- Jupiter’s early gravitational pull may have killed Venus’ habitable surrounding
- Venus has extreme temperatures that can kill any form of life
- The case on Venus serves as a warning for Earth to avoid a similar temperature rise
Venus would have been capable of hosting life similar to Earth if not only for Jupiter’s interference in its planetary motion. The planet, named after the Roman goddess of love and beauty, was thrown off by the largest planet in our solar system from its original orbit around the sun.
The planet, also dubbed as Earth’s twin, was not as hostile to life forms as to how it is today, if not for Jupiter’s behavior in the solar system, according to a study published in the Planetary Science Journal. The study said Jupiter changed its planetary course, moving closer and then away again from the sun. Since it is a huge planet, about two-and-a-half of all planets combined, its gravitational pull killed Venus’ supposed friendlier environment.
“As Jupiter migrated, Venus would have gone through dramatic changes in climate, heating up then cooling off and increasingly losing its water into the atmosphere,” Stephen Kane, an astrobiologist from the University of California, Riverside, said in a press release.
The study is significant as it poses a warning for Earth to avoid a similar rise in temperature that could, in turn, make it inhabitable like Venus.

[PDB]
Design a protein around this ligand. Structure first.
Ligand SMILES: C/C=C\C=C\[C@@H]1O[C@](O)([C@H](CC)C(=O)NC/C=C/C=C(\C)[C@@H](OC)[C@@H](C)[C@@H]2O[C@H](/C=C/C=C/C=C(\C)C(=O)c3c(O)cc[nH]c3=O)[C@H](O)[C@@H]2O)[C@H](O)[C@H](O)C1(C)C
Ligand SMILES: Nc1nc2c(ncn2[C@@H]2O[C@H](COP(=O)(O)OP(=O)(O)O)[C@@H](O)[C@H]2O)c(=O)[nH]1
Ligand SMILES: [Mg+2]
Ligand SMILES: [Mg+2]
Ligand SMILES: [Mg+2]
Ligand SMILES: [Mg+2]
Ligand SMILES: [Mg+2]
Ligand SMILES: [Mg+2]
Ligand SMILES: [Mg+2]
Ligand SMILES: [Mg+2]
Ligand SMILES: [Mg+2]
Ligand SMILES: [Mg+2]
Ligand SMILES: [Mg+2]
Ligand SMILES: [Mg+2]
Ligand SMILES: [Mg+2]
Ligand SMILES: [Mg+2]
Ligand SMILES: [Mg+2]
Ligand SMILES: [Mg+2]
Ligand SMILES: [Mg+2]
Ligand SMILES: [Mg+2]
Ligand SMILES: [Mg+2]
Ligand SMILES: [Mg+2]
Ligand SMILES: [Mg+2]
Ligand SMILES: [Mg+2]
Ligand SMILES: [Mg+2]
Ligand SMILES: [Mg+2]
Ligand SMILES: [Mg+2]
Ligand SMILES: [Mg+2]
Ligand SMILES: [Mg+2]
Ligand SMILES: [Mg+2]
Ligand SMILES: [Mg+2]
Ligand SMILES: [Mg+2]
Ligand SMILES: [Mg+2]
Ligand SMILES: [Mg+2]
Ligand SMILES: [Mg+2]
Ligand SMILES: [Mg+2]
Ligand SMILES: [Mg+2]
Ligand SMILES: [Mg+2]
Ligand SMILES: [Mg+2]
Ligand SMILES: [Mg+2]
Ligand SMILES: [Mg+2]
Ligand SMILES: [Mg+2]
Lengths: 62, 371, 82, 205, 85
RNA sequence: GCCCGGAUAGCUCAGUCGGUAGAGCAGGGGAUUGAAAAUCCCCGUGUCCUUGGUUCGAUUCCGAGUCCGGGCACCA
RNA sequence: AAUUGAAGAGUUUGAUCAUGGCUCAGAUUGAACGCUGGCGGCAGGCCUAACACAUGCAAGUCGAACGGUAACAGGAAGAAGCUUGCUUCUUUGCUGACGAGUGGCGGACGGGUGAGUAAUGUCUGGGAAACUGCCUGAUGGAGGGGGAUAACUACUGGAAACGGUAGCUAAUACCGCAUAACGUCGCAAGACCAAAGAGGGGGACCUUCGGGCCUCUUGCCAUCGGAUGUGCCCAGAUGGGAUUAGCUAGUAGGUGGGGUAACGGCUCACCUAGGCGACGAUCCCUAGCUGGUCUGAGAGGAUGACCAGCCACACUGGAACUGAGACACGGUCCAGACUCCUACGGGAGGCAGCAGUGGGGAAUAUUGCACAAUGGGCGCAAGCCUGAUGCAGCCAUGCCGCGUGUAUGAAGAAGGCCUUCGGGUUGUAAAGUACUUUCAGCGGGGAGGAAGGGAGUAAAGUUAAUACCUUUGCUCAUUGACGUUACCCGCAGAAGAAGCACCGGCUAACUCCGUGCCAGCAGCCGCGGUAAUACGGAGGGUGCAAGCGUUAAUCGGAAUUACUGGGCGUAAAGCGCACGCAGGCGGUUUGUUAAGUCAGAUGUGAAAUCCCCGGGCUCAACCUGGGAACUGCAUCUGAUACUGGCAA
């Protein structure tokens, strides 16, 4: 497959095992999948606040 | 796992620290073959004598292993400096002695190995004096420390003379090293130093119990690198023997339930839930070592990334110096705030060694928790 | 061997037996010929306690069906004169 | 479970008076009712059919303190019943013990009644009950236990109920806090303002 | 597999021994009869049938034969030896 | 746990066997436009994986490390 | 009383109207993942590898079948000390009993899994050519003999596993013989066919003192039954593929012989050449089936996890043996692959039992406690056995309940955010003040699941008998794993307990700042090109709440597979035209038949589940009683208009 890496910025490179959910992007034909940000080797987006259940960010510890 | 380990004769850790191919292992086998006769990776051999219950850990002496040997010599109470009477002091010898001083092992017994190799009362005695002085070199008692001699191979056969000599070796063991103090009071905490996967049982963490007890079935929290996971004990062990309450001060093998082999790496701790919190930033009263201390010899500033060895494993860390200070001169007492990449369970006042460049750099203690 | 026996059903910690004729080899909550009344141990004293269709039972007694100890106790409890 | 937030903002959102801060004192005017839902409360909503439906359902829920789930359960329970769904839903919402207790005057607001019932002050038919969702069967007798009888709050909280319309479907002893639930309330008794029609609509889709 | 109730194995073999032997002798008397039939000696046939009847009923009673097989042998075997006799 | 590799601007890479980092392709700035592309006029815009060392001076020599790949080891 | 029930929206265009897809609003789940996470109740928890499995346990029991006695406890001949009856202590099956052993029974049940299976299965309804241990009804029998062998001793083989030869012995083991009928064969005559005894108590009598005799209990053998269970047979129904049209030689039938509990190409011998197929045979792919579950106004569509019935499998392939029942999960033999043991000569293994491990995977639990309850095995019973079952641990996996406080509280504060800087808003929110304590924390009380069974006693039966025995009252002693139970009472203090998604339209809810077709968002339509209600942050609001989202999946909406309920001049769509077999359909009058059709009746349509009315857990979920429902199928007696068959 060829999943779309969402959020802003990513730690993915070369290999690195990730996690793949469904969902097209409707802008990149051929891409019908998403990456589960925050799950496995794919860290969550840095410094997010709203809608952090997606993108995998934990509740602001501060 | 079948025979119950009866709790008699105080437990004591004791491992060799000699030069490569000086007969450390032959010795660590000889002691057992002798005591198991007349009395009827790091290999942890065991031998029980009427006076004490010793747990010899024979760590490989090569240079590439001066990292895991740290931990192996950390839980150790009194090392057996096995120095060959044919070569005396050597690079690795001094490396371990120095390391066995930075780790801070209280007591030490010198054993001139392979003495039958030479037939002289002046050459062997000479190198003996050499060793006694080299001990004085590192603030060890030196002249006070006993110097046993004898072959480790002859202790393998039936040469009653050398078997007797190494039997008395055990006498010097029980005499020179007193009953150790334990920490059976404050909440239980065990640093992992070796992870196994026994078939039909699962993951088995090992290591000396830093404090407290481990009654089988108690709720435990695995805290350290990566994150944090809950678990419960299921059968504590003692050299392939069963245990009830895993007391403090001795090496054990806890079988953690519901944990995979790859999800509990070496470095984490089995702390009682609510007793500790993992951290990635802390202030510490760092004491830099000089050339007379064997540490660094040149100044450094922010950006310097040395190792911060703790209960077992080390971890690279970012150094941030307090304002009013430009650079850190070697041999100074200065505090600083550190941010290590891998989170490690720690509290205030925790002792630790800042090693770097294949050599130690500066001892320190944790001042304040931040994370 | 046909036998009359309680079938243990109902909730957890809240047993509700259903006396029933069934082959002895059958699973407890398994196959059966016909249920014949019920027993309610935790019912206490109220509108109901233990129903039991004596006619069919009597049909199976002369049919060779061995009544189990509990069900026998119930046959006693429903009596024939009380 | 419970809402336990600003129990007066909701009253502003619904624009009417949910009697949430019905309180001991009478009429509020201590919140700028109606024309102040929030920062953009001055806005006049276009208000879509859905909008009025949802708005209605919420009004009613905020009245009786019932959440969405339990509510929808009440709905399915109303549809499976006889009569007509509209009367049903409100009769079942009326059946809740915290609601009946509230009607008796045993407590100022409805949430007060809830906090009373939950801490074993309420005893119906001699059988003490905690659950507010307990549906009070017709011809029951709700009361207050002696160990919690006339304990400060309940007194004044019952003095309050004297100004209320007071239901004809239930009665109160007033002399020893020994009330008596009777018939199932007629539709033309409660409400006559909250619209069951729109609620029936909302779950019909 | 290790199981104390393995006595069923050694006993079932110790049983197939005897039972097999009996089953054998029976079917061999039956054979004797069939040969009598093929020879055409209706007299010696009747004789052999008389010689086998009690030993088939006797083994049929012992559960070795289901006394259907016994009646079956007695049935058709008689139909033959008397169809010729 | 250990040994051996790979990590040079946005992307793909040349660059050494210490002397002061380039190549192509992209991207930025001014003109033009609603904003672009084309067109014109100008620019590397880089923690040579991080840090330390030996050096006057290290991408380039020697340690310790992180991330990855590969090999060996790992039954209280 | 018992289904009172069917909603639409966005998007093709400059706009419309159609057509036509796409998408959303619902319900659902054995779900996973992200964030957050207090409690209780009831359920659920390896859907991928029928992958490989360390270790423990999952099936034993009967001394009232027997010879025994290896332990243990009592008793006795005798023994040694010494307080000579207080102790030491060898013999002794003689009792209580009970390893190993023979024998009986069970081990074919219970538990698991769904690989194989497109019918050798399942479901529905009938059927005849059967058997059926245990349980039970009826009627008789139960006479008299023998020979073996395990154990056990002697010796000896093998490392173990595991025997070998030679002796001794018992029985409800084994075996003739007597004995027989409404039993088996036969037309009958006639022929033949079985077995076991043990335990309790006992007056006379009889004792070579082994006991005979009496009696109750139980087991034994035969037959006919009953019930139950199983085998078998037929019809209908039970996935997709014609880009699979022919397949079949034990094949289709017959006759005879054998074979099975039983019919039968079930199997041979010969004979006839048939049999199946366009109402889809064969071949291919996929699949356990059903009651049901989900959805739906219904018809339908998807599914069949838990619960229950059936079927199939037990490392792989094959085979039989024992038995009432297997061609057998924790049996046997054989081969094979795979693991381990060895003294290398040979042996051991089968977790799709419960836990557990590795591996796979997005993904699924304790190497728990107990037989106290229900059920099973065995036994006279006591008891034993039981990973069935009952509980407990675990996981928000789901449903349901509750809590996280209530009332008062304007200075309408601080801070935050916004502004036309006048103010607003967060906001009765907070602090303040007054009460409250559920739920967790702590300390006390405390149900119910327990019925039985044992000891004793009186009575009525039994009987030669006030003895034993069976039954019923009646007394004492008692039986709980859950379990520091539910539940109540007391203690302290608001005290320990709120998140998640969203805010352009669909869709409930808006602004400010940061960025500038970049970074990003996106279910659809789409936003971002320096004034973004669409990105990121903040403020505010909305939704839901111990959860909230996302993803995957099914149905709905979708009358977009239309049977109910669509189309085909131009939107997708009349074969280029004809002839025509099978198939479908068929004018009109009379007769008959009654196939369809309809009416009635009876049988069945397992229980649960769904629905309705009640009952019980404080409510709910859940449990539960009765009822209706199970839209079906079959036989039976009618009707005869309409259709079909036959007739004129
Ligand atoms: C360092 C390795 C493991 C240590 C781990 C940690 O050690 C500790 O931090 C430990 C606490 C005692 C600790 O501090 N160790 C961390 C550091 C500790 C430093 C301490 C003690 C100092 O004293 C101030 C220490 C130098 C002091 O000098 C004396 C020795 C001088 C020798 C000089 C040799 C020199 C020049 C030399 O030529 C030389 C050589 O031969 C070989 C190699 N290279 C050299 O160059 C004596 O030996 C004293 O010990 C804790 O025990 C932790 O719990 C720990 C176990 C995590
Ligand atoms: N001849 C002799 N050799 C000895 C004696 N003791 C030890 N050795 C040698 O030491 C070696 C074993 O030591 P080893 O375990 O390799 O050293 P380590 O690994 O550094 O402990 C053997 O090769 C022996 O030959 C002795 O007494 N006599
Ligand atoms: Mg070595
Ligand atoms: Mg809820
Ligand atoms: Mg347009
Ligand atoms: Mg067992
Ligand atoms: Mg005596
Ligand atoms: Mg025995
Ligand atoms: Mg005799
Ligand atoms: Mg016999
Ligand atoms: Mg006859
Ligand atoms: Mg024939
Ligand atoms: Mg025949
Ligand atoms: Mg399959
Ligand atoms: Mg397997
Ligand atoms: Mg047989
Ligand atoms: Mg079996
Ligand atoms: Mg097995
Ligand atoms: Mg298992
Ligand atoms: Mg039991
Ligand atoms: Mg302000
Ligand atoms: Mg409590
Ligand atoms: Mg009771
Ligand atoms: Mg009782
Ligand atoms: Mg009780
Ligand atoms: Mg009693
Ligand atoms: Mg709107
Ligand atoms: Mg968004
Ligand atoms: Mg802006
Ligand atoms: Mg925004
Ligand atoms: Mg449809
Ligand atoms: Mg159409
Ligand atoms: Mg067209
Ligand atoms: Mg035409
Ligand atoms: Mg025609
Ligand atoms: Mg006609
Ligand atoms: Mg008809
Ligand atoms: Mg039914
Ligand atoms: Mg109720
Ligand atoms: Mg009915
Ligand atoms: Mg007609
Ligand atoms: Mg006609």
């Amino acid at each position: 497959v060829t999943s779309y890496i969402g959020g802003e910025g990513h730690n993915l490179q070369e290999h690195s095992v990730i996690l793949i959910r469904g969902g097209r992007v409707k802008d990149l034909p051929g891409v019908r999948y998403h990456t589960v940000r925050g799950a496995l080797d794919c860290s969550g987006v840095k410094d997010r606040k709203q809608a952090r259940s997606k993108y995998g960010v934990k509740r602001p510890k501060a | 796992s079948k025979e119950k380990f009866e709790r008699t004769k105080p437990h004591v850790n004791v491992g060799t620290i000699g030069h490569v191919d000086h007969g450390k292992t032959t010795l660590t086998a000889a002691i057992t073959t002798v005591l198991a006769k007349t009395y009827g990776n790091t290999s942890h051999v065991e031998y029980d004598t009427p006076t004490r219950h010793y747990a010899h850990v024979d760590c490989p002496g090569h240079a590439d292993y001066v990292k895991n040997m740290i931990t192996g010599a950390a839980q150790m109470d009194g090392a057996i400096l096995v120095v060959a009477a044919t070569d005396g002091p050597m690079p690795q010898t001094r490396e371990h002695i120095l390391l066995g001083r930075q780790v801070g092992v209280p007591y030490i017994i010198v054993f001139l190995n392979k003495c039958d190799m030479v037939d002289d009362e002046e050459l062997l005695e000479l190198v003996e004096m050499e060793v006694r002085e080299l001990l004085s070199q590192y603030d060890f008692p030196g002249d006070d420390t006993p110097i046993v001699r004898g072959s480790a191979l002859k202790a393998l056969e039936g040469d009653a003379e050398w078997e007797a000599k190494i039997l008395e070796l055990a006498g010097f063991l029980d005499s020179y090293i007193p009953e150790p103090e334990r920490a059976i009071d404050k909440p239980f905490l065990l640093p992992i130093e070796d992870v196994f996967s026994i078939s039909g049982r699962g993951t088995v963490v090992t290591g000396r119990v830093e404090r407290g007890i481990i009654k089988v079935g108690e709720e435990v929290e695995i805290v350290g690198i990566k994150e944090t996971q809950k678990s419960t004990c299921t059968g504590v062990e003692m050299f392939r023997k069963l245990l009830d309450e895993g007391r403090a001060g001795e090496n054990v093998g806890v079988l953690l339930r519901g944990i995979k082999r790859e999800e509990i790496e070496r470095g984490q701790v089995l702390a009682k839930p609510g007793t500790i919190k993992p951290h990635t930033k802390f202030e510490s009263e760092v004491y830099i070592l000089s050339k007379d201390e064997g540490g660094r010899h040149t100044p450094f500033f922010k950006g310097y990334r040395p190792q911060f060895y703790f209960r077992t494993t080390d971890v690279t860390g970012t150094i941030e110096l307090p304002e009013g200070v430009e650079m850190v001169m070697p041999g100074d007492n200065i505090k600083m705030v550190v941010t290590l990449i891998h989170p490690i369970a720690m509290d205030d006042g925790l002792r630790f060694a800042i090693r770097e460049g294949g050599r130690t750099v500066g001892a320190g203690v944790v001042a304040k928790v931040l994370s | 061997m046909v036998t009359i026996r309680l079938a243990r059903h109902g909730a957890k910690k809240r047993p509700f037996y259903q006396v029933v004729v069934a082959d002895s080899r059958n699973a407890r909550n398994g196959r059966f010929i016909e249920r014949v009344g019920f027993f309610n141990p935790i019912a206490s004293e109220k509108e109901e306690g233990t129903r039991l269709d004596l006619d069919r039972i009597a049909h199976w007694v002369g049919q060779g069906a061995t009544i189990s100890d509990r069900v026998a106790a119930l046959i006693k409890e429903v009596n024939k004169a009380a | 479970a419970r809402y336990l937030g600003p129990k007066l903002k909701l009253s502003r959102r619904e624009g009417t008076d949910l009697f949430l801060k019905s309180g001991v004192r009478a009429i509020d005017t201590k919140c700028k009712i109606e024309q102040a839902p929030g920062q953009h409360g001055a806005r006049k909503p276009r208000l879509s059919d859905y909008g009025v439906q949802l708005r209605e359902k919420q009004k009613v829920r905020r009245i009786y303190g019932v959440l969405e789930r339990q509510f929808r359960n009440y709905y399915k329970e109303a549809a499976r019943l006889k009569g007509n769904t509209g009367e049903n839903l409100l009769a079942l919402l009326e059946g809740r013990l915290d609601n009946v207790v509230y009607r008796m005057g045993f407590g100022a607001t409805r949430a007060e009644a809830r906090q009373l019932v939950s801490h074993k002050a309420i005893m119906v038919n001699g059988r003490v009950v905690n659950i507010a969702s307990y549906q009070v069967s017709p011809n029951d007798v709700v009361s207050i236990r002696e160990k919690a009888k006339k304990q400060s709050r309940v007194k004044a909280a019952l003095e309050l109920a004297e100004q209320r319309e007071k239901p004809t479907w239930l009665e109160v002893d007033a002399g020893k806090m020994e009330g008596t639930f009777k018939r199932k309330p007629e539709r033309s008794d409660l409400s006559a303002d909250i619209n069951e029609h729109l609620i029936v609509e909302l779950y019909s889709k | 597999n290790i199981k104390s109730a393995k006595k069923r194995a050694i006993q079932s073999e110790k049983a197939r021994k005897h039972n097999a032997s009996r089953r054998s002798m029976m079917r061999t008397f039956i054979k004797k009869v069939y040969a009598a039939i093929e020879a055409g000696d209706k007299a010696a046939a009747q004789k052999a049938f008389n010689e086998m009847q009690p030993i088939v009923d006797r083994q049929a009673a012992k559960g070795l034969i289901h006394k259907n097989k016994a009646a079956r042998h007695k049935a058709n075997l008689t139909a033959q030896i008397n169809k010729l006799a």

“I focus on the differences between Venus and Earth, and what went wrong for Venus, so we can gain insight into how the Earth is habitable, and what we can do to shepherd this planet as best we can,” Kane added in the press release.
Venus has become the inhabitable planet it is today because of its position as the second planet closest to the sun. It now has a temperature of about 800 degrees Fahrenheit (471 degrees Celsius), killing any form of life that may try to thrive on it.
The temperature of the planet is above the melting point, according to NASA. It is extremely hot, so much so, that its temperature is higher than Mercury even if the latter is the one closest to the sun.
The new study followed a previous finding where scientists found that the clouds above Venus contain phosphine gas. This gas is commonly produced by microbes which are the tiny living things found all around us.
Kane further explained that the recently discovered phosphine gas in Venus could indicate that there are microbes on Venus before it became belligerent to all forms of life at present.